Mason council passes ordinance criminalizing abortions in city limits after tense meeting, close vote
MASON, Ohio – Mason became the second city in Ohio to ban abortion within city limits at a tense meeting Monday night.
Mason City Council passed the ordinance to criminalize abortions by one vote, 4-3. It failed to pass as an emergency, meaning it won't go into effect for 30 days.
There are no abortion clinics in Mason, the largest city in Warren County.
Councilmember T.J. Honerlaw said at Monday's meeting the ordinance "should have been a unifying issue for a bunch of Republicans." Instead, the vote showed a split on the council between Republicans who believe banning abortion is within the city's authority and those who do not.
Honerlaw, Mayor Kathy Grossmann and Councilmembers Tony Bradburn and Gilb voted in favor of the ordinance.
Gilb said protecting life is what he promised to do on council.
"We should be clear that we don’t support the business of death, that all lives matter, from the moment your heart starts beating to the moment it stops beating," he said.
Councilmembers Ashley Chance, Diana Nelson and Josh Styrcula voted against.
Nelson said the ordinance goes against the supremacy clause of the U.S. Constitution, which states that federal law takes precedent over state law. She also expressed doubt that the city will be able to enforce the ordinance.
Anti-abortion and abortion-rights protestors demonstrated outside the Mason Municipal building and filled the council chambers to capacity. Many carried green signs that said "protect the unborn" or purple signs that said "bans off our bodies."
The council voted 4-3 to allow only Mason residents in the council chambers. Officers checked audience members' identification and asked nonresidents to move to the overflow room.
The first round of public comment was limited to 90 minutes. Speakers read quotes from the Bible, quotes from a book about reproduction and a poem about sea turtle eggs destroyed by a gynecologist. Some people in the audience shouted over councilmembers and chanted "vote them out" after the vote to pass the abortion ban.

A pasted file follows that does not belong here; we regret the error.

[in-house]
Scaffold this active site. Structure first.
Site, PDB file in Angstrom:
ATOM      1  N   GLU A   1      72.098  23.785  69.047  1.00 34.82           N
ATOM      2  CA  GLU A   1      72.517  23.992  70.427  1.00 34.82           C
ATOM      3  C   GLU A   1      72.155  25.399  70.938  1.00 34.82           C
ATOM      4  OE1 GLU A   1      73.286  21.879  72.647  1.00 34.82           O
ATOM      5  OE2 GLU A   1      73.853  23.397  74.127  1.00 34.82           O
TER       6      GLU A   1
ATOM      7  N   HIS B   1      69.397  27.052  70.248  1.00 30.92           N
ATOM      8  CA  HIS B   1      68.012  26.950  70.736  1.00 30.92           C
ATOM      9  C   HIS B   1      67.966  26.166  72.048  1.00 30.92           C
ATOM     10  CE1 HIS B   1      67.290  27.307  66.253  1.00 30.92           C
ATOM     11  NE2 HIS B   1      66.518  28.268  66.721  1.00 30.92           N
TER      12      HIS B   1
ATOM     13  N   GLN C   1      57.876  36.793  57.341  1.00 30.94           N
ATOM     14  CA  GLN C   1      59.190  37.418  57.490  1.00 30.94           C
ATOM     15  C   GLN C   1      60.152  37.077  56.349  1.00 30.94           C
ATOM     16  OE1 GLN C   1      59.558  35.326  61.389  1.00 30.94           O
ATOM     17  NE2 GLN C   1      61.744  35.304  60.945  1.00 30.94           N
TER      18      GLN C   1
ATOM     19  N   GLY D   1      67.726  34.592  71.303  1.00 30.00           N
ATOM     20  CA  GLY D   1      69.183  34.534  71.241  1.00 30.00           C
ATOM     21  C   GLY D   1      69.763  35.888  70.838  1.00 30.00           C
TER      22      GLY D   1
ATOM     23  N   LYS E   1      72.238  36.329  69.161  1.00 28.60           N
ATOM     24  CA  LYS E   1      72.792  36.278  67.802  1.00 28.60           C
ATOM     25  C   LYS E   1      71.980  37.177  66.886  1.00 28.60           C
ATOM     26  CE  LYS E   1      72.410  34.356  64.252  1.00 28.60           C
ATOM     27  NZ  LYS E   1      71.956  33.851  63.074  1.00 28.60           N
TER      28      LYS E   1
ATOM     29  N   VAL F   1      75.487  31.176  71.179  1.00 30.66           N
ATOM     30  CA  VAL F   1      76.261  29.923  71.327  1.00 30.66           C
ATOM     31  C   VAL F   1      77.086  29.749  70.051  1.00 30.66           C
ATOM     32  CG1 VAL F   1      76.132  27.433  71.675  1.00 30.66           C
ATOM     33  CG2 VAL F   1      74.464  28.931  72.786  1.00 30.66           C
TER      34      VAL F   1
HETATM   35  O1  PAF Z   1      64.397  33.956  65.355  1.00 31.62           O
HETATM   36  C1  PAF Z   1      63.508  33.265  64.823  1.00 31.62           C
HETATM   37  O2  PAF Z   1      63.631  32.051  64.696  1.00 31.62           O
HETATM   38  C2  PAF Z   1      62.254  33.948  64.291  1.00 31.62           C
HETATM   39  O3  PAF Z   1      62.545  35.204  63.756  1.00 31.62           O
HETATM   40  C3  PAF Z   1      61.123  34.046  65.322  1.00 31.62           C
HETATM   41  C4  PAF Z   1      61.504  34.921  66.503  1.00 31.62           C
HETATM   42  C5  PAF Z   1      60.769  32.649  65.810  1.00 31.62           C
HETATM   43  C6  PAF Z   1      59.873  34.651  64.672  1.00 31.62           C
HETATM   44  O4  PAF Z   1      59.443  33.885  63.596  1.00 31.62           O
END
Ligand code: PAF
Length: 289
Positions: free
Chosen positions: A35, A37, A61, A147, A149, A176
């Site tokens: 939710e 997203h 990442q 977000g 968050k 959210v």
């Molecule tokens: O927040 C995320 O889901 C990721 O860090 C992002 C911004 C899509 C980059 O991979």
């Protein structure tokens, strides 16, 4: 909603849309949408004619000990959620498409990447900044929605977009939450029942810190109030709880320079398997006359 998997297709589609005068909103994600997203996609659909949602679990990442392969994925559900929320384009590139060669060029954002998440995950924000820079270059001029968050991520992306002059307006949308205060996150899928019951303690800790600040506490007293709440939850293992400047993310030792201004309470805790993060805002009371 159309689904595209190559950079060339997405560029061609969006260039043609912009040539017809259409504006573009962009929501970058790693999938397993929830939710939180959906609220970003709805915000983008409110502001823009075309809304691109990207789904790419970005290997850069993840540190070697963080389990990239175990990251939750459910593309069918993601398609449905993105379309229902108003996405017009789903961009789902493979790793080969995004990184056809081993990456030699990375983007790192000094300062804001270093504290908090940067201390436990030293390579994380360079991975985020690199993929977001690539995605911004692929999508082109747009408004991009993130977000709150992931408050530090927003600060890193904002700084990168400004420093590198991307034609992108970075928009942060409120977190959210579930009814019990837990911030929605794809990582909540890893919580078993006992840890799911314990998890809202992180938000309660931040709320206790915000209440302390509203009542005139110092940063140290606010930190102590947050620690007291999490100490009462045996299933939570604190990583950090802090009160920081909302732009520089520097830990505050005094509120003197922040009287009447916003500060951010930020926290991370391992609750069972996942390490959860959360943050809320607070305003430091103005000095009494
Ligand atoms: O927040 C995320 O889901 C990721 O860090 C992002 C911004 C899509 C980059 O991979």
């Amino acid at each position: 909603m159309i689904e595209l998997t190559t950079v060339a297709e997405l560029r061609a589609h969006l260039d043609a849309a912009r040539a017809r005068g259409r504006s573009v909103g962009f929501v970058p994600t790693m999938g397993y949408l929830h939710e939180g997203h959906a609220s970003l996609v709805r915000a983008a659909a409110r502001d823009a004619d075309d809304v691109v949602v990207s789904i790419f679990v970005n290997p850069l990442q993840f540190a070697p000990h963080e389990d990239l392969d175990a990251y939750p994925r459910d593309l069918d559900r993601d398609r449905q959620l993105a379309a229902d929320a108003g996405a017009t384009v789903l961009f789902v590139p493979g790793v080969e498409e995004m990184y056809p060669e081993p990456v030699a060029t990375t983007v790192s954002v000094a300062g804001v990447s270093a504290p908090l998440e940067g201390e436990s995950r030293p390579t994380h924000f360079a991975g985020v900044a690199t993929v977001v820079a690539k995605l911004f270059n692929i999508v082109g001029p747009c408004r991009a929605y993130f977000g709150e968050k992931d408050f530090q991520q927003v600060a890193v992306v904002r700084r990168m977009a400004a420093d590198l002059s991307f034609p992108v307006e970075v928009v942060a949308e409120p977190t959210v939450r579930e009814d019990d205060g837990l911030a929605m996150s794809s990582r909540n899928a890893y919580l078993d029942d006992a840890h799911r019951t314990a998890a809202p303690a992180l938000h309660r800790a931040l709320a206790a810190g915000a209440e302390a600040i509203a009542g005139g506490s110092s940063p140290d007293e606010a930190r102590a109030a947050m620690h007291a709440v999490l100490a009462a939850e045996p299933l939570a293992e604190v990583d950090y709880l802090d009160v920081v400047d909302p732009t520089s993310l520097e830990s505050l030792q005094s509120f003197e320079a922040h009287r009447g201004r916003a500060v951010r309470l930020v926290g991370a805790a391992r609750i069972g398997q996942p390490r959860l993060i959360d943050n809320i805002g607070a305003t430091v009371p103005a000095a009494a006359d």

The Mason ban drew the attention of several U.S. Senate candidates. Republican Josh Mandel and Democrat Morgan Harper made appearances at city hall, with Mandel calling protesters "baby killers." Democratic candidate Tim Ryan said the vote was "proof that the Senate must act to codify Roe v. Wade.'
Other Ohio cities began considering abortion bans in recent weeks. In Celina, a city of 10,400 in Mercer County, the city council considered a "sanctuary city for the unborn" ordinance at its meeting on Monday. London, a city of 10,300 in Madison County, sent a similar ordinance to committee before it will be heard by the city council.
The Mason City Council got the ordinance draft from Sanctuary Cities for the Unborn, an initiative by Right to Life of East Texas. Director Mark Lee Dickson attended the Oct. 11 meeting and advocated for passing the ban during public comment.
The council voted to approve amendments to the ordinance that added limiting language to clarify that the council is “only prohibiting the act in the city of Mason," Gilb said.
There are no penalties in the ordinance for a person seeking an abortion.
The ordinance makes it illegal to knowingly "aid or abet" an abortion that occurs in Mason. Violating the ordinance is a first-degree misdemeanor, which is punishable with up to 180 days in jail or a fine of up to $1,000, according to Ohio law.
The ordinance also makes it illegal for people to possess or distribute “abortion-inducing drugs” in the city of Mason, including misoprostol and mifepristone. Misoprostol and mifepristone require a prescription and are administered in some doctor's offices, abortion clinics and Planned Parenthood health centers.
The legislation includes exceptions for "accidental miscarriages," and ectopic pregnancies, in which a fertilized egg implants outside the uterus where it can't survive. There is also an exception for abortions in response to a life-threatening physical condition caused by pregnancy that could result in "death or a serious risk of substantial impairment of a major bodily function."
Erin Glynn is the watchdog reporter for Butler, Warren and Clermont counties through the Report For America program. The Enquirer needs local donors to help fund her grant-funded position. If you want to support Glynn's work, you can donate to her Report For America position at this website or email her editor Carl Weiser at firstname.lastname@example.org to find out how you can help fund her work.
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